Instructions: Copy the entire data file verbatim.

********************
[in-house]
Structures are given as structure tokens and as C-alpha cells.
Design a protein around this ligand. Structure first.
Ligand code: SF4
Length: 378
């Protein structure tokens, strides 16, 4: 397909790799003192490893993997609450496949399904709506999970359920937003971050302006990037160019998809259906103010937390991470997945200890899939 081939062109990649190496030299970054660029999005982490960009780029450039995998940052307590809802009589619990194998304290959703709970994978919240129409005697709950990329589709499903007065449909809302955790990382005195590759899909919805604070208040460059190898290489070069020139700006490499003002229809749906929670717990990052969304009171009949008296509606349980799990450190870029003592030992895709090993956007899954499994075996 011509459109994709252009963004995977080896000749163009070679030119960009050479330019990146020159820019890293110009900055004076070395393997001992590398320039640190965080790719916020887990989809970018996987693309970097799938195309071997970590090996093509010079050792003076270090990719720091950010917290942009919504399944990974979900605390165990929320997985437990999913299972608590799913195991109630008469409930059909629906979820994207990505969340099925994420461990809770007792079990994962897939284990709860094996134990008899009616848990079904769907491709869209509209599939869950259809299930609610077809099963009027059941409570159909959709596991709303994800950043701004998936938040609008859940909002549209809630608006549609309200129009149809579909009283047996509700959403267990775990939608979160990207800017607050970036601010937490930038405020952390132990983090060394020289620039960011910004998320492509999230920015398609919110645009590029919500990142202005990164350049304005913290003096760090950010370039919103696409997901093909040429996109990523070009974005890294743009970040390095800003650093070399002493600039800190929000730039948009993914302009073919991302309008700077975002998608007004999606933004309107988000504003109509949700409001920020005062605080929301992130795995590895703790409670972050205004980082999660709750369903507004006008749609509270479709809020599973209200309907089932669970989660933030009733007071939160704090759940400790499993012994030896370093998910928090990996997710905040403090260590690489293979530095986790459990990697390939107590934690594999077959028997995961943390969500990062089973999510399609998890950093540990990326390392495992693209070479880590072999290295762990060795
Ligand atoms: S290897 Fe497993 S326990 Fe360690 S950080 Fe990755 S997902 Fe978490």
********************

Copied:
[in-house]
Structures are given as structure tokens and as C-alpha cells.
Design a protein around this ligand. Structure first.
Ligand code: SF4
Length: 378
């Protein structure tokens, strides 16, 4: 397909790799003192490893993997609450496949399904709506999970359920937003971050302006990037160019998809259906103010937390991470997945200890899939 081939062109990649190496030299970054660029999005982490960009780029450039995998940052307590809802009589619990194998304290959703709970994978919240129409005697709950990329589709499903007065449909809302955790990382005195590759899909919805604070208040460059190898290489070069020139700006490499003002229809749906929670717990990052969304009171009949008296509606349980799990450190870029003592030992895709090993956007899954499994075996 011509459109994709252009963004995977080896000749163009070679030119960009050479330019990146020159820019890293110009900055004076070395393997001992590398320039640190965080790719916020887990989809970018996987693309970097799938195309071997970590090996093509010079050792003076270090990719720091950010917290942009919504399944990974979900605390165990929320997985437990999913299972608590799913195991109630008469409930059909629906979820994207990505969340099925994420461990809770007792079990994962897939284990709860094996134990008899009616848990079904769907491709869209509209599939869950259809299930609610077809099963009027059941409570159909959709596991709303994800950043701004998936938040609008859940909002549209809630608006549609309200129009149809579909009283047996509700959403267990775990939608979160990207800017607050970036601010937490930038405020952390132990983090060394020289620039960011910004998320492509999230920015398609919110645009590029919500990142202005990164350049304005913290003096760090950010370039919103696409997901093909040429996109990523070009974005890294743009970040390095800003650093070399002493600039800190929000730039948009993914302009073919991302309008700077975002998608007004999606933004309107988000504003109509949700409001920020005062605080929301992130795995590895703790409670972050205004980082999660709750369903507004006008749609509270479709809020599973209200309907089932669970989660933030009733007071939160704090759940400790499993012994030896370093998910928090990996997710905040403090260590690489293979530095986790459990990697390939107590934690594999077959028997995961943390969500990062089973999510399609998890950093540990990326390392495992693209070479880590072999290295762990060795
Ligand atoms: S290897 Fe497993 S326990 Fe360690 S950080 Fe990755 S997902 Fe978490």